The headline of week three: tax, tax, tax – both the Senate and the House introduced their tax proposals this week. Also this week, two notable trends continued to develop and emerge:
- There was a decrease in new bills being introduced as compared with past sessions (172 bills were introduced this week)
- Committee work is being conducted earlier in session at a rapid pace (124 bills were heard in subcommittee meetings this week and over 50 bills advanced through committees this week and will be eligible for debate next week)
Behind the scenes, House and Senate leadership teams are reportedly close to reaching joint budget targets. If this happens, it would be much earlier than in year’s past as policymakers typically wait for the March Revenue Estimating Conference (REC) to begin budget discussions in earnest. This year, House and Senate leaders are anticipating that the March REC will not be materially different from the December REC and that they can begin working on the budget now.
Policy Development Highlights
Senate Republicans released their tax plan this week, SSB3074 was officially introduced on Thursday. The centerpiece of the proposal is a 3.6% flat personal income tax phased in over six years. Last Wednesday the Governor introduced her tax plan (HSB551/SSB3044) which includes a 4% flat personal income tax phased in over four years. Both plans include similar provisions addressing corporate tax rates and retirement income taxation. The Senate plan makes the local option sales tax statewide and includes full funding for Iowa’s Water Land and Legacy trust.
Majority Leader, Senator Jack Whitver, said the state had a complicated tax code prior to 2018 but the Senate Proposal “will dramatically cut taxes in Iowa. This bill is complementary to the governor’s bill and includes many of the same concepts and goals.”
Other highlights of the Senate proposal include:
- Flat 7.8% corporate rate
- Elimination of taxes on retirement income and expanded pay exemptions for National Guard members
- Exemption for either cash rent or farm crop shares for farmers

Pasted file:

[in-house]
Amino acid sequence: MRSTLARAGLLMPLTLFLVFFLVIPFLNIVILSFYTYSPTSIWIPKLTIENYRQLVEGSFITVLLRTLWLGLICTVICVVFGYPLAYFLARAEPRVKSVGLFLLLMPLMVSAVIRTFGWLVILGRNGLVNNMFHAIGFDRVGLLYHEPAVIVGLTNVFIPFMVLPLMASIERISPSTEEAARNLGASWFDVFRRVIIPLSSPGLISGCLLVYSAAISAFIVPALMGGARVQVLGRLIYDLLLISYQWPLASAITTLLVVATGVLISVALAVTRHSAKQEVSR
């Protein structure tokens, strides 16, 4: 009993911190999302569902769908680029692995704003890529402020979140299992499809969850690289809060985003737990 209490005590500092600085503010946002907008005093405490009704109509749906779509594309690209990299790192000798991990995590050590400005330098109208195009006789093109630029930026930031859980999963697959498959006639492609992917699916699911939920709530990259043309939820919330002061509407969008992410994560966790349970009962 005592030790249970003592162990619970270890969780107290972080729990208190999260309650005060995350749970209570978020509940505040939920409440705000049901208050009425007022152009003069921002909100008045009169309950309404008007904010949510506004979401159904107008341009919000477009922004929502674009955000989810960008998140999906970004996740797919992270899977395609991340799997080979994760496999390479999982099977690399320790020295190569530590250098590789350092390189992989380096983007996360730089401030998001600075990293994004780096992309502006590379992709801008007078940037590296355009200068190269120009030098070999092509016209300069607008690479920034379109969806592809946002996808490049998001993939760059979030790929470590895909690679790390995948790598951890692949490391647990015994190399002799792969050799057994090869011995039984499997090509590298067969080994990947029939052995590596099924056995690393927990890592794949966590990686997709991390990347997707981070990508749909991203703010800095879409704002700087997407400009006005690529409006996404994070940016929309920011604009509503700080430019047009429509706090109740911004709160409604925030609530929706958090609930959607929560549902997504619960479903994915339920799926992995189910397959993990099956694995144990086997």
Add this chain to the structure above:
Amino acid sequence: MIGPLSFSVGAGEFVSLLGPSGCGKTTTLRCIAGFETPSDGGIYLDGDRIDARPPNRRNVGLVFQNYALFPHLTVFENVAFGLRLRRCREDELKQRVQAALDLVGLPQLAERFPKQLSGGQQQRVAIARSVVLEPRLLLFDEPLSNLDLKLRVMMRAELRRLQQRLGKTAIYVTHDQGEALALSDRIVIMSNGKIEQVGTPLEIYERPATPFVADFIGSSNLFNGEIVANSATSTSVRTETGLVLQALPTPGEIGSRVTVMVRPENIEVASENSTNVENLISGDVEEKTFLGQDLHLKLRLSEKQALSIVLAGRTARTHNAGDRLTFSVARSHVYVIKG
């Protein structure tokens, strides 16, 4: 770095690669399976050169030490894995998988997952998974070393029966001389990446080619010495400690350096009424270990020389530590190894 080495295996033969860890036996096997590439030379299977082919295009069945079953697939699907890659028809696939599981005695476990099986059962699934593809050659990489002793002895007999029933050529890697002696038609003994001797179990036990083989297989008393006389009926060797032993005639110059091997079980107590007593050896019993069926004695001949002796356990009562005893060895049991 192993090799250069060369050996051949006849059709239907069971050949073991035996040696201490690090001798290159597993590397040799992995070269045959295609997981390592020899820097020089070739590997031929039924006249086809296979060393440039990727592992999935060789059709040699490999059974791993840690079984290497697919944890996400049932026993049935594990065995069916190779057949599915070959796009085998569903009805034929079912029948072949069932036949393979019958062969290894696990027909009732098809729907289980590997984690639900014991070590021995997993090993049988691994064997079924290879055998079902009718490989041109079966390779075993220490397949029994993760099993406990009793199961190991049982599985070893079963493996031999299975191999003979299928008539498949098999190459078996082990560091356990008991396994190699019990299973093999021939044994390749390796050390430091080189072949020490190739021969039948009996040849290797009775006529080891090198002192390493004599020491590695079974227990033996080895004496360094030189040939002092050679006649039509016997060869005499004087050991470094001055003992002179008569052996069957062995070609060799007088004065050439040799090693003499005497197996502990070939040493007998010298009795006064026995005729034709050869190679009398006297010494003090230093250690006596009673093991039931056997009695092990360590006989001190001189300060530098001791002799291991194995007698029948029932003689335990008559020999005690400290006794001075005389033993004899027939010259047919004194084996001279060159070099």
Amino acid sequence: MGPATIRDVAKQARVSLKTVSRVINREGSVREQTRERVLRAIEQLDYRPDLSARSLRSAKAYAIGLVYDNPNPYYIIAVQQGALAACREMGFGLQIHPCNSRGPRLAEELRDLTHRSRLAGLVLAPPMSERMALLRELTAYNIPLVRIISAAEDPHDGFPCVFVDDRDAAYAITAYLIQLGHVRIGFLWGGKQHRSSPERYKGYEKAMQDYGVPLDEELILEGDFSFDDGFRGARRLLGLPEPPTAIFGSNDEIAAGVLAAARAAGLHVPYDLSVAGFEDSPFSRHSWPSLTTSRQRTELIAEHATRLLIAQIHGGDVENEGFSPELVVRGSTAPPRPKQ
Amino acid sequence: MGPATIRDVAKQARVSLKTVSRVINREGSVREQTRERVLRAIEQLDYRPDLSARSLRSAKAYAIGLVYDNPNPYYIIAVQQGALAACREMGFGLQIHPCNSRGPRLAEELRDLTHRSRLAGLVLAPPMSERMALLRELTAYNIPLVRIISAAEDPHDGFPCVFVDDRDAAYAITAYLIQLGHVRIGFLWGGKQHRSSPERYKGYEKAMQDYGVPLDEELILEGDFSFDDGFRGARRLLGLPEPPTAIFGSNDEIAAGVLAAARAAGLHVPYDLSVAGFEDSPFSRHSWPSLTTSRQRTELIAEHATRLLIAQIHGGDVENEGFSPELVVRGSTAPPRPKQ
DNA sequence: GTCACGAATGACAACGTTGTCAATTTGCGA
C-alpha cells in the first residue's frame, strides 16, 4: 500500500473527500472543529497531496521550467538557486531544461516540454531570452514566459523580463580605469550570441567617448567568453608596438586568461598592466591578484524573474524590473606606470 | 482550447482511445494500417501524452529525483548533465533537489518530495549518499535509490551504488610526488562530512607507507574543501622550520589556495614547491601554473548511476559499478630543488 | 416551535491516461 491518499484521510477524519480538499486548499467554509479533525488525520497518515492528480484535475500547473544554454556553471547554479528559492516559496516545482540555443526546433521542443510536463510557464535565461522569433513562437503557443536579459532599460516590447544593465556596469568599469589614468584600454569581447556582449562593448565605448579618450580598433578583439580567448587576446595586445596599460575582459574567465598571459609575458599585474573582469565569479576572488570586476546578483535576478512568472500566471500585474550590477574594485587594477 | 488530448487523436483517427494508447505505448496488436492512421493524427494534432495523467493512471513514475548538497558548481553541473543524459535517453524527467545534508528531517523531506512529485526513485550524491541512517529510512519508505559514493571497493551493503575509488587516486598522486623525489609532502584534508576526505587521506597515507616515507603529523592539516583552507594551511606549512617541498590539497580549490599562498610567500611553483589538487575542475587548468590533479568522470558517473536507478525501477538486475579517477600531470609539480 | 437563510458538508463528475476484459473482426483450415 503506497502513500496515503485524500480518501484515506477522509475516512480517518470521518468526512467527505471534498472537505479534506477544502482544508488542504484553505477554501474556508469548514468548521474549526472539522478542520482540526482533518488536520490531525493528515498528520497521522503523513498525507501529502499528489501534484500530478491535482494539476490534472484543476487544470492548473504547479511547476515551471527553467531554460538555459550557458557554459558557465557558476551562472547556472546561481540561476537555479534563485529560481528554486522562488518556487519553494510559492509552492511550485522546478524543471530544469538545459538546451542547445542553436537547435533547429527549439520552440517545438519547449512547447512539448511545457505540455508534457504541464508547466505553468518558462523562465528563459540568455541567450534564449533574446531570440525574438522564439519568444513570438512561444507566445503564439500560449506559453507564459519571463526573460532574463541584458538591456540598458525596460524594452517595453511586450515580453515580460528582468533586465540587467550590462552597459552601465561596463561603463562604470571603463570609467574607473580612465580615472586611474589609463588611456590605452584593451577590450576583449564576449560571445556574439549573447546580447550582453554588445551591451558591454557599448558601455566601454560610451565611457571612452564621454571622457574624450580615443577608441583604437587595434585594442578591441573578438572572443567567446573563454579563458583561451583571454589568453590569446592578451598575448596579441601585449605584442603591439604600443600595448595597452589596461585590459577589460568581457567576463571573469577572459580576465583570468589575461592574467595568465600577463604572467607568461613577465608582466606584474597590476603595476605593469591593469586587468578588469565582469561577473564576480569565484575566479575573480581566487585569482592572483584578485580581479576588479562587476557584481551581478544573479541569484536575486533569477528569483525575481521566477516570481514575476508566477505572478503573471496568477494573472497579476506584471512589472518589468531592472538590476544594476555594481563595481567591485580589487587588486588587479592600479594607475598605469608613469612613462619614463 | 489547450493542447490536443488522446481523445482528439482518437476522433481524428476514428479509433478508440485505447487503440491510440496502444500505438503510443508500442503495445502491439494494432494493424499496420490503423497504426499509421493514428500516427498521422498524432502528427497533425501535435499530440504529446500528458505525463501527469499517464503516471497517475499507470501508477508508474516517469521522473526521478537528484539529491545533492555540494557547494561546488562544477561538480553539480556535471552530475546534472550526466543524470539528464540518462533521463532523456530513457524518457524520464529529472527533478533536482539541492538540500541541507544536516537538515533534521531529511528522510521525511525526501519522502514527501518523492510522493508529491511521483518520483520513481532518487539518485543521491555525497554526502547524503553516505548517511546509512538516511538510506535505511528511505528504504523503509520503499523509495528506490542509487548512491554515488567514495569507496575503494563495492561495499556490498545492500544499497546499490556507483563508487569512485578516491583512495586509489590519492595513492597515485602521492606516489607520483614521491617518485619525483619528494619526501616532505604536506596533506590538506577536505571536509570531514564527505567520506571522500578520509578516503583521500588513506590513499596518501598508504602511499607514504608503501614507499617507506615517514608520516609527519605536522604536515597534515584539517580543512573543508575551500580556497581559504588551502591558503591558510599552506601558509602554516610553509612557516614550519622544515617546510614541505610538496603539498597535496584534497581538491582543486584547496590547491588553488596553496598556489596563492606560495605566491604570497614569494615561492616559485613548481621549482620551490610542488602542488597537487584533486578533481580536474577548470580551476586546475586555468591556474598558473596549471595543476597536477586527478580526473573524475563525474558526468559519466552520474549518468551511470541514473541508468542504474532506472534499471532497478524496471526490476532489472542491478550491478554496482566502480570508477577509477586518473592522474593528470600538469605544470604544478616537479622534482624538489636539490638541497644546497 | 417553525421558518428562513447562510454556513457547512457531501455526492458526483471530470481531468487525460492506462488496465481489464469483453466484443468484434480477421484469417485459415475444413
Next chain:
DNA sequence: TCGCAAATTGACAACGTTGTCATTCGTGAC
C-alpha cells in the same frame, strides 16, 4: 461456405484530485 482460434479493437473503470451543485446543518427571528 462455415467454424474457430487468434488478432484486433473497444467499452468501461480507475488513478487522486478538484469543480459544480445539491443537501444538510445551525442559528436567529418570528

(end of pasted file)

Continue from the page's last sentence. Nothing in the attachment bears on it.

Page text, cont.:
- Directs that the Taxpayer Relief Fund become the Income Tax Elimination Fund, to be used to reduce and eventually eliminate the income tax in Iowa
House Republicans released their tax plan on Thursday (HSB626). The plan differs from both the Governor’s and the Senate’s proposals. The House proposal reduced the individual income tax to a flat rate of 4% phased in over four years, like the Governor. Like the Governor and Senate proposals, it also eliminates retirement income. However, the proposal does not include a cut in the corporate tax rate as Governor Reynolds and the Senate Republicans have proposed. It also does not make the local option sales tax a statewide tax nor does it make changes to the Taxpayer Relief Fund in the manner proposed by the Senate.
Now that all three tax bills have been released, this sets the table for negotiations to begin on a final 2022 comprehensive tax reform package.
The House Ways and Means Committee acted swiftly this week as the Governor’s Renewable Fuels bill (HF2128) was introduced Monday, passed out of subcommittee Monday, passed out of full committee on Wednesday, and is now eligible for floor debate. HF2128 is designed to make renewable fuels more available to consumers. Despite the quick work in the House, there is currently not a companion bill moving through the Senate and the Senate leadership has not indicated as to when or if the Senate Ways and Means Committee will act on this.
Earlier this session, HSB534 was heard and passed out of subcommittee. The bill makes cybersecurity an essential corporate purpose for counties and cities allowing it to be treated similar to the building of roads and other critical infrastructure. A number of other cybersecurity measures are expected to be introduced soon as Iowa policymakers seek to address this growing threat to our state. Experts in the cybersecurity field presented to the House Information Technology Committee on the threats posed and actions that could be taken to address those threats.
Next week will bring more committee action (the first legislative funnel deadline is February 18), negotiations on a final comprehensive tax reform package, and earnest efforts on a potential passage of the Supplemental State Aid (SSA) budget bill.